How did the apostles know what time it was?

Am looking for someone to fact check my thinking here…

In the bible, we hear a lot of references to time. Here’s one example from the Gospel of St John:

He said to them, “Come, and you will see.” So they went and saw where he was staying, and they stayed with him that day. It was about four in the afternoon. - John 1:39

Some scholars have wondered why it was important to mention that it was four o’clock in the afternoon, but my question here is not just “why”, but - how did they know it was 4pm?

Here I am going to form a hypothesis, and say - if we can answer how, then we can answer why.

The problem is - they could tell time pretty accurately, but it’s not like they had Timexes back then. I think one would likely have needed one of two things… either a properly calibrated sundial and the knowledge/ability to use it, or a communicated prayertime…

I’m thinking - because a properly calibrated sundial would have been remotely accessible, they probably used prayertimes… such that maybe scribes, who would have known how to operate a sundial and make daily and calendrical predictions, would read the sundial, and then they would tell everyone it was time to pray… People would then look at the type of prayer being said, and so they would then know the time of day…

I’m assuming this is where the Liturgy of the Hours came from… Before V2, the LTH originally had 8 hours, and they were mainly spread out at almost 3 hour intervals, except for the times around dawn and dusk, which seemed closer together - probably so people could sleep…

My question is basically if all this is correct; and, if not, where I might be going wrong.

Thanks and God Bless!


Is this really so odd? I’m pretty sure I could know the time within the hour without looking at my phone all day and I’m just a defenseless 21st century pleb. The season of the year + the sun’s position + a roughly accurate internal clock. People before modern technology would have been even better at intuiting this.


This is actually a serious question to which I’ve given a lot of thought, so I would appreciate it if people do not detract from my petition here.

To answer TK421’s objection… no, I disagree - with as much emphasis as architects, historians and biblical scholars gave to the study of time - I dont think changes in days and seasons were something they based upon individual perception, which would be judging more by appearances than any verifiable data.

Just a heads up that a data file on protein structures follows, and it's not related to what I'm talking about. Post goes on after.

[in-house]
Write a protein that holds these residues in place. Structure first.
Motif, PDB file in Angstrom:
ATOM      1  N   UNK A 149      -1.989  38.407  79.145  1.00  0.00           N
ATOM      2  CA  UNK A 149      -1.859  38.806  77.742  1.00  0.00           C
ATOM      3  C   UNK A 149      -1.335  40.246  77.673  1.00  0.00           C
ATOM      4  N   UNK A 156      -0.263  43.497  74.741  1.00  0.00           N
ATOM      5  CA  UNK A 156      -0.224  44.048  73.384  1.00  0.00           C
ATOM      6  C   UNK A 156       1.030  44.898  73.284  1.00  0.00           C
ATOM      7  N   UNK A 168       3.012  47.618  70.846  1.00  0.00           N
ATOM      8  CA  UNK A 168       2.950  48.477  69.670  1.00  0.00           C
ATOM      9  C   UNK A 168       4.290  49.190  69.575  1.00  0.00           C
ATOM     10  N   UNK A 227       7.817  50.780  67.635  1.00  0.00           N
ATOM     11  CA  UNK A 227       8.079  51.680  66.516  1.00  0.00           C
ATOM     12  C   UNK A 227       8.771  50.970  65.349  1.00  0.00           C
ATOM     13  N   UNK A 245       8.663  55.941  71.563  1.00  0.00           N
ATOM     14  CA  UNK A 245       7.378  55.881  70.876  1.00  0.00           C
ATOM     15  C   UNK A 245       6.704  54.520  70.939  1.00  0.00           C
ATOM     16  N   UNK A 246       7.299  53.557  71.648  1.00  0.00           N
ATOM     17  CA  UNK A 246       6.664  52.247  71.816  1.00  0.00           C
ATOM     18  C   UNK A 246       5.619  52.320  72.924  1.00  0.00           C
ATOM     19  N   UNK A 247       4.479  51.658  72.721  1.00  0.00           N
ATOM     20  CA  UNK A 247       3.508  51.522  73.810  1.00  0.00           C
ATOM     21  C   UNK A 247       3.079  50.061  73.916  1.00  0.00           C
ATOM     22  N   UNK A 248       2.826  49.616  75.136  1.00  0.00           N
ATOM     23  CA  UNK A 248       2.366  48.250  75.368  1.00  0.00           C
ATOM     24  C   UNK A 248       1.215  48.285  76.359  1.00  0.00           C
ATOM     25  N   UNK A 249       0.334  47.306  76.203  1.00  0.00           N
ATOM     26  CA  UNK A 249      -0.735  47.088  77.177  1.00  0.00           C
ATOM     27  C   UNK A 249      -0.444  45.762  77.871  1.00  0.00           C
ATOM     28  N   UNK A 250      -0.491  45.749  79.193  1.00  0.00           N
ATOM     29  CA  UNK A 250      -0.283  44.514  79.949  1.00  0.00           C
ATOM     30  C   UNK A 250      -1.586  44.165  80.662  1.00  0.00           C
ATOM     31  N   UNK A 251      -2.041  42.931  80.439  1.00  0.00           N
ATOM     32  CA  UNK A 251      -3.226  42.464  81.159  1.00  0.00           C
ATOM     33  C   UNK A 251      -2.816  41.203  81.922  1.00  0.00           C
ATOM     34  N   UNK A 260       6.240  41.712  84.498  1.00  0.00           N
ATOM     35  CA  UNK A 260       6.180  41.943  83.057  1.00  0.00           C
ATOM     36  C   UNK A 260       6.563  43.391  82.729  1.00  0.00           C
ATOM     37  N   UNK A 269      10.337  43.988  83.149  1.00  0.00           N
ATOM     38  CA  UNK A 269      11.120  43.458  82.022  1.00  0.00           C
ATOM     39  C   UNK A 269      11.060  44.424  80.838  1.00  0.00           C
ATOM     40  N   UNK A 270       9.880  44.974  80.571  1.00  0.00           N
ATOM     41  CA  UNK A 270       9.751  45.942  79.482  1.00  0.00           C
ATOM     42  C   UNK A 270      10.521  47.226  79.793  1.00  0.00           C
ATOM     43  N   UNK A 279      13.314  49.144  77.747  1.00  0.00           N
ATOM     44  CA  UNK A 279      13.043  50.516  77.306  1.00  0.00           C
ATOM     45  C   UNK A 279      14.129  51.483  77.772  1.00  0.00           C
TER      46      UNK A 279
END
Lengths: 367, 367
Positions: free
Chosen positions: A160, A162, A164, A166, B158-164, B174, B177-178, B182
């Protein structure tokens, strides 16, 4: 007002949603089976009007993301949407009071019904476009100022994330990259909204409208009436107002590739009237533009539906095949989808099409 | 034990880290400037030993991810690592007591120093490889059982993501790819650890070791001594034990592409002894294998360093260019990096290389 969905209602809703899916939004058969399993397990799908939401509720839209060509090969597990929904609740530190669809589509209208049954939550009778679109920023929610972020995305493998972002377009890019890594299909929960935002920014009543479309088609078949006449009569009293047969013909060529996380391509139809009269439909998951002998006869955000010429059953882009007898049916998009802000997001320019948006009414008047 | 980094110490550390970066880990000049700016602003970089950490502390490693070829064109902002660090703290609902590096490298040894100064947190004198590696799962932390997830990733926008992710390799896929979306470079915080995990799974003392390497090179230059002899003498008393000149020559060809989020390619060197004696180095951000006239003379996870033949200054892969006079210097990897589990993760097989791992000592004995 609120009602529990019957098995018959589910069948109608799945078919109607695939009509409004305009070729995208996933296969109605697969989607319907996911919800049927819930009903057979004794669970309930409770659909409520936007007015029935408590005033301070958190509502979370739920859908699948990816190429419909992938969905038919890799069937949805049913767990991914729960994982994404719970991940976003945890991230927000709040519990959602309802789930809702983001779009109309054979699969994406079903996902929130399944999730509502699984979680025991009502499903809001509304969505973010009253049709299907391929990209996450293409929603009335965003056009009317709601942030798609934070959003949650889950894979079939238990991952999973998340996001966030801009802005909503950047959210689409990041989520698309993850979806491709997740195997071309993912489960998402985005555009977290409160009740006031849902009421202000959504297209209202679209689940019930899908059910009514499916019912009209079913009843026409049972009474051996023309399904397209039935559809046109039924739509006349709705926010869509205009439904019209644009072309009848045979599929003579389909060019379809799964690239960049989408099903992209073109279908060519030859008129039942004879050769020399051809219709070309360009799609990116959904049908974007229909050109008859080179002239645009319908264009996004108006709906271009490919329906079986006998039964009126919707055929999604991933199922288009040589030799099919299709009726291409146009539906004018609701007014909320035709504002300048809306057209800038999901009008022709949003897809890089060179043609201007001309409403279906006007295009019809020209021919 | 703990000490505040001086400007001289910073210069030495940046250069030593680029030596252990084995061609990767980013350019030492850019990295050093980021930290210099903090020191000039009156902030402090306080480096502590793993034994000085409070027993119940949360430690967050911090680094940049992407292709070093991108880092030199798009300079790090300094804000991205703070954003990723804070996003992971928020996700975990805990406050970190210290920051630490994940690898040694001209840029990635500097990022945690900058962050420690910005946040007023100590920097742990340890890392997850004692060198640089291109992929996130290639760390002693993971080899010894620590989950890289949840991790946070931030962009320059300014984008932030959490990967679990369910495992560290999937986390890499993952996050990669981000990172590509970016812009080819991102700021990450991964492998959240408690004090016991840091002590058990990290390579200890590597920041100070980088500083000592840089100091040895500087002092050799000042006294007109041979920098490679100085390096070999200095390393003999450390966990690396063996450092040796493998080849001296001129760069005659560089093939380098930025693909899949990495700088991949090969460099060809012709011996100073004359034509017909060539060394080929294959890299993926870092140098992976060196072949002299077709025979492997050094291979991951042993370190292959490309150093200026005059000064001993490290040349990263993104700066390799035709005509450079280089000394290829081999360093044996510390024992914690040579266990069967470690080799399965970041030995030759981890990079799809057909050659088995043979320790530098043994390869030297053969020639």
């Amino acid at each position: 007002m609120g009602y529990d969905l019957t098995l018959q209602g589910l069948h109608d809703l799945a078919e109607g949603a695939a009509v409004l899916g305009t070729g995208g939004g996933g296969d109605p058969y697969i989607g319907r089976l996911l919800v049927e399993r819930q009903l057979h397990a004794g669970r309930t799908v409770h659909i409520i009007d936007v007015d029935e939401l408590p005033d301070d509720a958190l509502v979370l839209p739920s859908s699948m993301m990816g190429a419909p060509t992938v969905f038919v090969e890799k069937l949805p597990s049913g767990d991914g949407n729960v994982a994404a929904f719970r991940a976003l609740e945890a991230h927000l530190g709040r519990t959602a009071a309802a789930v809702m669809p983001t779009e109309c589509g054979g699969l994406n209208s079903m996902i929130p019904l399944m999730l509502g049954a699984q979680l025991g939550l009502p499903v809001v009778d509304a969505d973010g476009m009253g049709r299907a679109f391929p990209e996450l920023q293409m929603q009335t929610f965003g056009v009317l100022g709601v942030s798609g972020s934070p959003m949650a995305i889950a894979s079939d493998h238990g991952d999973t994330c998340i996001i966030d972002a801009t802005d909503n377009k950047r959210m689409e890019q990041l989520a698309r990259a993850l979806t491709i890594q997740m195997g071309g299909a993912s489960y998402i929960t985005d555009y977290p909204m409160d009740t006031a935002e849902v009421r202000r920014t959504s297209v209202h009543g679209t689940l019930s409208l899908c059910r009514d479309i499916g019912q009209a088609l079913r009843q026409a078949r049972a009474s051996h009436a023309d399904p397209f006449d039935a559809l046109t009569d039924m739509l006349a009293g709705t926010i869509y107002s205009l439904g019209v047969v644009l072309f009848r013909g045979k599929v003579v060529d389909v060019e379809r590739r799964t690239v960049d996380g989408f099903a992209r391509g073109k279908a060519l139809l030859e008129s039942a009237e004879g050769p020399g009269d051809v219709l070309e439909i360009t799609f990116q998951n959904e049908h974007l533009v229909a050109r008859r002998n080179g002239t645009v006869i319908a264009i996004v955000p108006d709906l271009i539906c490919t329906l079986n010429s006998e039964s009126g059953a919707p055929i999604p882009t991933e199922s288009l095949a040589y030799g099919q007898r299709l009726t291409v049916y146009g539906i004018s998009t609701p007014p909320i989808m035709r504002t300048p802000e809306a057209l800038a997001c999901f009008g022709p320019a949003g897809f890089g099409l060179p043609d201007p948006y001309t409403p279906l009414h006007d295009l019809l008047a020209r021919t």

If God’s blessed you with a great biological clock, then that’s great for you… I’m not sure it works for everyone though, especially people who lived 2000 years ago and didnt live the same kind of lifestyle or luxuries we live by (and often take for granted) today… This is even probably why we should let all mortal flesh keep silence… Our individual perceptions routinely fail, sinful lot that we are… even if a person had awesome biorhythms, then what if they got sick at some crucial time, like during a medical necessity? That could throw their daily cycle off completely…

As for objective social programming - they didn’t have a cell phone or wrist watch backing them up to reinforce their thoughts, so - again - my thought is they were using prayer more as a means to time their day…

And that connection to prayer is what I am trying to tap, if it exists…

They didn’t need a sundial. The position of the sun and the length of shadows would have been enough for people of that day and age to gauge the time with a good amount of accuracy. Also this was local time, not a standardised central time, also the length if an hour varied with the season


In addition to what Angannas said, I note that the Scripture says, “It was about four in the afternoon.”

This is not a super-accurate time measure, but rather a general knowledge that it’s about four hours past noon based on length of shadows, the position of the sun in the sky etc.

I don’t go around telling time by the sun, yet I could probably tell you when it was “about four in the afternoon” just based on the sun position and how the light looks at that time of day in the place where I live and during the season we’re in. I am sure people who didn’t have watches or phones showing the time and were used to telling time by the sun would have an even better sense of this than I do. It’s not rocket science.


What version were you using?

I suspect they said “4 in the afternoon” for our sake to understand a vague time in the original.

They might have had something called a water clock.

Water clocks are one of the oldest time-measuring instruments. They were invented in ancient Egypt. Their timekeeping is governed by a pendulum, but they use water for other purposes, such as providing the power needed to drive the clock by using a water wheel.

The Greeks and Romans advanced water clock design which resulted in improved accuracy.

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I wouldn’t say I have exceptional biorhythms. If you’re unconscious for a long time and wake up in a field and see a recognizable mountain or landform to know your directions, you should be able to quickly know whether it is closer to 9am, 12 noon, 3pm, or 6pm, just by looking at the sky and the color of the light around you.

Without any precise instrumentation, the hustle and bustle of the city and working life still followed patterns even if they weren’t down to the minute and people that followed routines from day to day got really good at knowing roughly how long each thing would take, how long it would take to travel up X road or sail down a certain river or stretch of sea.